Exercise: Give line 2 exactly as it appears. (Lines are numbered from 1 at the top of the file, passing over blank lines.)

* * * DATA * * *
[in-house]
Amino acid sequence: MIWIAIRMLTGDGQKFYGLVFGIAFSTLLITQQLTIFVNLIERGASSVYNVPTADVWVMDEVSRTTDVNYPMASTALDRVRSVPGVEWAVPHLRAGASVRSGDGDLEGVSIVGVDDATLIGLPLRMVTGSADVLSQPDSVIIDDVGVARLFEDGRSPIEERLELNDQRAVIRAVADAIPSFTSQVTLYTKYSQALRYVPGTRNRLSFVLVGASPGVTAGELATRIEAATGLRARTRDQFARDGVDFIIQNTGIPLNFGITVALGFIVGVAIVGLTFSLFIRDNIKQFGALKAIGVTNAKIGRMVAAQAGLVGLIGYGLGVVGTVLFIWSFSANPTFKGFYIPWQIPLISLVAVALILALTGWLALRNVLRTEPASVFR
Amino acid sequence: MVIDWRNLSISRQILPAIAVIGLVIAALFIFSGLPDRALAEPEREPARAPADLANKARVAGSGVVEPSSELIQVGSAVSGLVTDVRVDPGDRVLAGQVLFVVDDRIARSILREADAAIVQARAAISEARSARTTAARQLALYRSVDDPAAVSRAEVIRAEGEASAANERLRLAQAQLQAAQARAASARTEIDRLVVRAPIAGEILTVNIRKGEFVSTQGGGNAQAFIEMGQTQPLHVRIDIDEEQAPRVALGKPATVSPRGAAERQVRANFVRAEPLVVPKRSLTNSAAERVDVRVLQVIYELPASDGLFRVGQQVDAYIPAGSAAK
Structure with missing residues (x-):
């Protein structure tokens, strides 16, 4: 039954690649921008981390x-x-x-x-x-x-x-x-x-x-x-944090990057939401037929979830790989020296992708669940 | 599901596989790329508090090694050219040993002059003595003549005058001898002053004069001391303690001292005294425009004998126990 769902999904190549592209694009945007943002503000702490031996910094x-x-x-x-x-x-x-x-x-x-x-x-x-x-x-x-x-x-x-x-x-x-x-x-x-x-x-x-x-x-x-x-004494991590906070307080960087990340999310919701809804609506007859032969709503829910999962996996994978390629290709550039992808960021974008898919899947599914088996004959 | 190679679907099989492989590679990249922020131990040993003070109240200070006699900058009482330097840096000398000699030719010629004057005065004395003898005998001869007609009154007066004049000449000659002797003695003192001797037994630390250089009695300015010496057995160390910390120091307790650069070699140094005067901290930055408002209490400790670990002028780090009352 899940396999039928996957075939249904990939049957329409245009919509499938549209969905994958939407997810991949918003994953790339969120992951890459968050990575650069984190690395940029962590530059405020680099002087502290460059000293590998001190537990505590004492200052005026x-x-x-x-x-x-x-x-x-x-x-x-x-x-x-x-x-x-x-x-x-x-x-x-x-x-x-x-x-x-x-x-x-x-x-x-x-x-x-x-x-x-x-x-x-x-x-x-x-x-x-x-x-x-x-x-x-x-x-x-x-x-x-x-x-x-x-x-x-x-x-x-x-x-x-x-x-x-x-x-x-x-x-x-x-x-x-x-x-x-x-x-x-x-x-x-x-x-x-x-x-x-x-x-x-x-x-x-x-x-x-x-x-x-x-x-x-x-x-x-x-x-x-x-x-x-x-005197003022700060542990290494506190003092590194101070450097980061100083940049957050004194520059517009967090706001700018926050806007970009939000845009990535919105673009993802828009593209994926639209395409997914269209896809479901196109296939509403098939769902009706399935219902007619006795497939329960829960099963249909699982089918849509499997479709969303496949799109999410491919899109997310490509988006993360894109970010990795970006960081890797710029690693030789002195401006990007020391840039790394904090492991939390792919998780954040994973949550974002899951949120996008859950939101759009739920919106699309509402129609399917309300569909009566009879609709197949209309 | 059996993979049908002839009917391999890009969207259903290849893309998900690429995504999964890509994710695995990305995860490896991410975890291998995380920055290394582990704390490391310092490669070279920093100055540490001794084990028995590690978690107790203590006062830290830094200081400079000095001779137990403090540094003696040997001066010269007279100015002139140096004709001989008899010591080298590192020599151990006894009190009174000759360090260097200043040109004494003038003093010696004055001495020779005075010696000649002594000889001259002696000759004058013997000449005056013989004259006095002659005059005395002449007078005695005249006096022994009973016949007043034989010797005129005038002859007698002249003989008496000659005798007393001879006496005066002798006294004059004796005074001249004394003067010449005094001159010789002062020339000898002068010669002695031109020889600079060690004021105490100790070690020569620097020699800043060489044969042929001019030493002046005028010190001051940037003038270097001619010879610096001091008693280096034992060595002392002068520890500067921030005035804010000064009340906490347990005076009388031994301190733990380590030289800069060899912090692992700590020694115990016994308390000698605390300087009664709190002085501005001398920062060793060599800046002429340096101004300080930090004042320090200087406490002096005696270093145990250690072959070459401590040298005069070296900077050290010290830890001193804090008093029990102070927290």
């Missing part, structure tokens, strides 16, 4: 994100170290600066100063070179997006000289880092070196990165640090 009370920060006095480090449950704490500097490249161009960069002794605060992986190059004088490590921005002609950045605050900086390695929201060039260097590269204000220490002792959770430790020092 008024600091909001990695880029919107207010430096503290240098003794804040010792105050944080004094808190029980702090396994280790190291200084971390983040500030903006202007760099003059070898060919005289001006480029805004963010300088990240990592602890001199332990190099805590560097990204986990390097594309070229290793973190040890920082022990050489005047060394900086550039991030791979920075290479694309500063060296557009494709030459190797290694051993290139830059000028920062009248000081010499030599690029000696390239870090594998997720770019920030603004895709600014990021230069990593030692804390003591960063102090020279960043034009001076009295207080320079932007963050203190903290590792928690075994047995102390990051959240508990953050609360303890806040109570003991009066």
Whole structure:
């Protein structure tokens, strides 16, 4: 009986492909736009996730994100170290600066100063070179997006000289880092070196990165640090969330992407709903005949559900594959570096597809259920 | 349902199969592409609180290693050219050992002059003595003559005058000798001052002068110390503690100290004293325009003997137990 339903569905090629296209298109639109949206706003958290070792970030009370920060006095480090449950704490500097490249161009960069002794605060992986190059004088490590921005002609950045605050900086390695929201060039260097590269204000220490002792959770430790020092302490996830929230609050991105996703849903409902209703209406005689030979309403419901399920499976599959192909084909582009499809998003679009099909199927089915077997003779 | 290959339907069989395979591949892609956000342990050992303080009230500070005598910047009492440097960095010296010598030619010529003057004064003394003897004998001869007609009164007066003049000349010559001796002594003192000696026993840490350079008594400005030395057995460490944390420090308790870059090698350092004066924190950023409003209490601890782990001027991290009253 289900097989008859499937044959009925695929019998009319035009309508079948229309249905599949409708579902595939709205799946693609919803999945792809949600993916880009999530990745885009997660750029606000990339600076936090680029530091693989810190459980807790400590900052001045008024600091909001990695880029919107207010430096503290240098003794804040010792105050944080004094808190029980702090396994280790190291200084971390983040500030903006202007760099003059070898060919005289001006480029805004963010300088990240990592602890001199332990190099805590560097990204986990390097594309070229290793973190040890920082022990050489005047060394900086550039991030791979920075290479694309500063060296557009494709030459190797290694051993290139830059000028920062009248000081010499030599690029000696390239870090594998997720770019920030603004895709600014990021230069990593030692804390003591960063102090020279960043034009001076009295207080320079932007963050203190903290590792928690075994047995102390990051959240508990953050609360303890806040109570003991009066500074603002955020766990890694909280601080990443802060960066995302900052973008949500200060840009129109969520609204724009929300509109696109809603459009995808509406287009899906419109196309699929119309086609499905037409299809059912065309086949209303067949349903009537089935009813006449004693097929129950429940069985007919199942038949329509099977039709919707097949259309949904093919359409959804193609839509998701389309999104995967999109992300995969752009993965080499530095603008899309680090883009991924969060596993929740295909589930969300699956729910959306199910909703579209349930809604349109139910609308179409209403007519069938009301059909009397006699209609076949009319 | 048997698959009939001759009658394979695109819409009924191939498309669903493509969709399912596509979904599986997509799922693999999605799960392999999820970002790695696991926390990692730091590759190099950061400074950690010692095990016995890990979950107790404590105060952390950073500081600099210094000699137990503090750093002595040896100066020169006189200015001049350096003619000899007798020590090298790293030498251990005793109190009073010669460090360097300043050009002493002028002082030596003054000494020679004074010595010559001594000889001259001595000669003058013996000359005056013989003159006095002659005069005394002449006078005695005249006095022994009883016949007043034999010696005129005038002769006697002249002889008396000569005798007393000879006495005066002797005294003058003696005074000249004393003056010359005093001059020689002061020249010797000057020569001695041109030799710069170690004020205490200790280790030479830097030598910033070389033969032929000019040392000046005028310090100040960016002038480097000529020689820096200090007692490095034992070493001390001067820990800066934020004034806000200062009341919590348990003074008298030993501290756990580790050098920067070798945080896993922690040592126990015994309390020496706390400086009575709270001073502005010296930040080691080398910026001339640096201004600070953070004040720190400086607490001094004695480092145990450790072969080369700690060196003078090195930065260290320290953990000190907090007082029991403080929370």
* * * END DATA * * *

Amino acid sequence: MIWIAIRMLTGDGQKFYGLVFGIAFSTLLITQQLTIFVNLIERGASSVYNVPTADVWVMDEVSRTTDVNYPMASTALDRVRSVPGVEWAVPHLRAGASVRSGDGDLEGVSIVGVDDATLIGLPLRMVTGSADVLSQPDSVIIDDVGVARLFEDGRSPIEERLELNDQRAVIRAVADAIPSFTSQVTLYTKYSQALRYVPGTRNRLSFVLVGASPGVTAGELATRIEAATGLRARTRDQFARDGVDFIIQNTGIPLNFGITVALGFIVGVAIVGLTFSLFIRDNIKQFGALKAIGVTNAKIGRMVAAQAGLVGLIGYGLGVVGTVLFIWSFSANPTFKGFYIPWQIPLISLVAVALILALTGWLALRNVLRTEPASVFR